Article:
Question: What do Rachel Weisz, Omid Djalili and Rita Ora have in common?

Answer: They are all refugees.

Their families have all had to flee their homelands and make a new life in a new place.

This Refugee Week, a host of budding refugee-directors are following in their footsteps down the red carpet. They have been working with the arts organisation Cardboard Cameras to create this fantastic stop motion animation.

Check it out and enjoy!

70 young refugees or asylum seekers create stop motion animation

“It’s a film about the welcome we had as refugees.”

Hareg is from Eritrea and attends one of our refugee and befriending groups in Islington.

She says: “We chose a house with a door and someone waving, smiling face, and shaking hands – something to say welcome.”

70 young refugees or asylum seekers create stop motion animation

70 film makers

Altogether, 70 young asylum seekers and refugees were involved in the project.

Over several sessions they learnt storyboarding, design, model-making and camera skills.

Talking about the concepts they chose for the film another young person we spoke to said:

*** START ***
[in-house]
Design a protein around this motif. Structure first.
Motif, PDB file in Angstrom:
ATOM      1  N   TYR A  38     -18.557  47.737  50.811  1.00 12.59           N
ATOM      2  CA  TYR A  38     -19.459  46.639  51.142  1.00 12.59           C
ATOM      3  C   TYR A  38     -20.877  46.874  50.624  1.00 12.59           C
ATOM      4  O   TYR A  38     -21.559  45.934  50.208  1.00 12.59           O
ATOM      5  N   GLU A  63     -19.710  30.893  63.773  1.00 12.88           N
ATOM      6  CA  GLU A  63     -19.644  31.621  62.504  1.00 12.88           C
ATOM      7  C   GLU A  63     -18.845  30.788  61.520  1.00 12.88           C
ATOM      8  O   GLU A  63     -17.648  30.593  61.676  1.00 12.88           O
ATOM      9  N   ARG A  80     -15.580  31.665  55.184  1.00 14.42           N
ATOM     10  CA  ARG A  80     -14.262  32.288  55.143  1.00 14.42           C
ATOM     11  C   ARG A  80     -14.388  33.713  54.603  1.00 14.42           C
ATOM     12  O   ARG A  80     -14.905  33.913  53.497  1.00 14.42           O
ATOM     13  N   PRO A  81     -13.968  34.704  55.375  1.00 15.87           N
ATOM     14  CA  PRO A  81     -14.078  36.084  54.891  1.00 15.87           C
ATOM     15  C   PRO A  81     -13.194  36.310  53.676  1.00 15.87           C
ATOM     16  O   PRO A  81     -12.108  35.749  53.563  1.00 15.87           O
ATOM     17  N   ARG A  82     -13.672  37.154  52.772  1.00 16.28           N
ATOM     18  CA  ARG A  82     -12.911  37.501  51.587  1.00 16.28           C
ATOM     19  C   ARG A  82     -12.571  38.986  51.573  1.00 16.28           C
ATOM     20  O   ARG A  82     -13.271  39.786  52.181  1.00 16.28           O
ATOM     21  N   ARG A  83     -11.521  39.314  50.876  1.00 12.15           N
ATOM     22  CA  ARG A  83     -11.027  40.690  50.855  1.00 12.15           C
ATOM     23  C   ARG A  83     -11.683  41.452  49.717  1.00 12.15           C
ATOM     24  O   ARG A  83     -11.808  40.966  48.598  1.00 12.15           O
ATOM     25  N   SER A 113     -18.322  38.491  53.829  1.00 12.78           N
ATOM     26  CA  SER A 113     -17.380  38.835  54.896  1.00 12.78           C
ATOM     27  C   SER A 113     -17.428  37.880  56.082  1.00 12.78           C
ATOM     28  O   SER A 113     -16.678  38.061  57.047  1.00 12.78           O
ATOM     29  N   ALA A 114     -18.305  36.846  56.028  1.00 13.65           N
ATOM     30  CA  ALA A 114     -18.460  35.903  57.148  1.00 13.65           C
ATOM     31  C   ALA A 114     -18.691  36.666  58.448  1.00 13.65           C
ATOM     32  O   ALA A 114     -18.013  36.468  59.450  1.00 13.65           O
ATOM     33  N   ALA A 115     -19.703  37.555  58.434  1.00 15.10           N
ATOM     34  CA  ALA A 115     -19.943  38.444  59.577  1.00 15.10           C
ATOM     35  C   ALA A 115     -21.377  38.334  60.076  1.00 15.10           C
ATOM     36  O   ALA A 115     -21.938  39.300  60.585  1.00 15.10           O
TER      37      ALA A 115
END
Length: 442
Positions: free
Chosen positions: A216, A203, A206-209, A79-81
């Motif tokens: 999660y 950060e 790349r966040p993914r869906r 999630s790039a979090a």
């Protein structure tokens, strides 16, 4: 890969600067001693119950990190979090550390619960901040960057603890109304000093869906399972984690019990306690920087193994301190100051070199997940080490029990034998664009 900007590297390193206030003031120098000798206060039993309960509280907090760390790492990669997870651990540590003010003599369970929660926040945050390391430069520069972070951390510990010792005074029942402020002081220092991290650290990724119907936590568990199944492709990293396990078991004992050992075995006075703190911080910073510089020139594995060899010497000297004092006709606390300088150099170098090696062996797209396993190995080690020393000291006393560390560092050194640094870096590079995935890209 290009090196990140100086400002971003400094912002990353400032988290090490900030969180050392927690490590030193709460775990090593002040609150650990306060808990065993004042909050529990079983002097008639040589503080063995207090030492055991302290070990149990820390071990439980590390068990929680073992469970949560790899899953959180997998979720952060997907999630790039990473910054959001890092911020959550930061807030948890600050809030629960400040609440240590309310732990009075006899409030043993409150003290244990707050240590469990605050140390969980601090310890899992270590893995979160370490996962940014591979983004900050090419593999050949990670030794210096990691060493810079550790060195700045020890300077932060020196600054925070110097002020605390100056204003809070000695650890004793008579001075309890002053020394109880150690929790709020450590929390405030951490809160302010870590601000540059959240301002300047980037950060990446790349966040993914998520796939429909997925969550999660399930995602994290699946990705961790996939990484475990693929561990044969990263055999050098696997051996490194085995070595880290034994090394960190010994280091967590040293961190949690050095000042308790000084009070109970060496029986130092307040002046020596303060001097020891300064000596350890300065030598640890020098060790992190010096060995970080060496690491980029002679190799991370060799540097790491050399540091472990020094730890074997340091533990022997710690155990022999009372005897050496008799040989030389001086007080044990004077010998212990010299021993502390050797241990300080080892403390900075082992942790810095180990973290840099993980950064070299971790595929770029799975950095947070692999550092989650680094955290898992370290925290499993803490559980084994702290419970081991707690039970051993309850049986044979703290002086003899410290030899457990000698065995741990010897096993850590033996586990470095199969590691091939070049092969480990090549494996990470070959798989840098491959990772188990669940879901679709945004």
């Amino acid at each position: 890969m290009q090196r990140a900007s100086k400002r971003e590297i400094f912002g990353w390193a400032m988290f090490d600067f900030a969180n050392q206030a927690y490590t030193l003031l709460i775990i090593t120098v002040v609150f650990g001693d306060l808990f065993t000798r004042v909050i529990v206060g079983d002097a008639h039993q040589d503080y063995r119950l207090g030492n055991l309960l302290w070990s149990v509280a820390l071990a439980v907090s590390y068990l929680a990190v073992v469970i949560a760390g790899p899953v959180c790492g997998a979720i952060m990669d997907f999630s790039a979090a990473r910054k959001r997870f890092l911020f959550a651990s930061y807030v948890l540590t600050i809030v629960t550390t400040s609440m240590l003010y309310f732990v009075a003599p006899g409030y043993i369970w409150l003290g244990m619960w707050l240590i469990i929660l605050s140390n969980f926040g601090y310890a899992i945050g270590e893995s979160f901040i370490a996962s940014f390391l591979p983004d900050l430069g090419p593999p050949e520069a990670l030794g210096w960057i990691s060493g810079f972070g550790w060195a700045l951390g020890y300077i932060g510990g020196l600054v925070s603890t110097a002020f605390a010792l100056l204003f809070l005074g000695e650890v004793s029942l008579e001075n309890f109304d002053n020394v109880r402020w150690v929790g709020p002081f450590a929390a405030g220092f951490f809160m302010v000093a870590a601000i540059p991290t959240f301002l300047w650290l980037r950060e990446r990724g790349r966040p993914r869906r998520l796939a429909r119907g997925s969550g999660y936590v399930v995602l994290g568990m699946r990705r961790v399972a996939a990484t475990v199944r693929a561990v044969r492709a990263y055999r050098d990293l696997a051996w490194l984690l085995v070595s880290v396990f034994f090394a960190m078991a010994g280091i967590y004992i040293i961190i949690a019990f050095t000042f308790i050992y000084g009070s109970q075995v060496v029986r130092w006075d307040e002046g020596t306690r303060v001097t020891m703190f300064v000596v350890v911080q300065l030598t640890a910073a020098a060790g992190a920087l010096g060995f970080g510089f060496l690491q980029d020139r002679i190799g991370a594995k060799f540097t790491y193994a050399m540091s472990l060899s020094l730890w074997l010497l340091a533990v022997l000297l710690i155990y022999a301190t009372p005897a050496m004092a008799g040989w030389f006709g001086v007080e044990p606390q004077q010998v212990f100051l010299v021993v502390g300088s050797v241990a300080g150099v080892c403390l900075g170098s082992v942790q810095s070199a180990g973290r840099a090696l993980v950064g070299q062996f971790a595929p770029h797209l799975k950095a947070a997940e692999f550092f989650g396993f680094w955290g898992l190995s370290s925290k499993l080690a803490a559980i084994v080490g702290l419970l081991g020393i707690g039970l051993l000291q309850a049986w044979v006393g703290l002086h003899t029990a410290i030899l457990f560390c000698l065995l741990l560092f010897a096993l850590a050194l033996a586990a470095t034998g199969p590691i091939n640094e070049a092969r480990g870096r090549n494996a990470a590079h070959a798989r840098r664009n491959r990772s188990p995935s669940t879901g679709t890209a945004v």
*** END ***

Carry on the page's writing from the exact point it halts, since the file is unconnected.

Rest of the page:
“There was a sad face crying and then it became happy.

“We chose the sad face because to come here many people have suffered a lot so they were sad but after coming here and settling down they change their feelings.”

70 young refugees or asylum seekers create stop motion animation

The backdrops for the animations are photos of the buildings where the young people attend the weekly sessions.

Refugee and befriending services run by the British Red Cross take place each week. You can find them in four locations across London, as well as in various towns and cities across the UK.

The young people have also been working with the British Museum to create artworks and learn presentation skills.

You can hear more from these innovative young people this Saturday, when the animation will be premiered at the museum.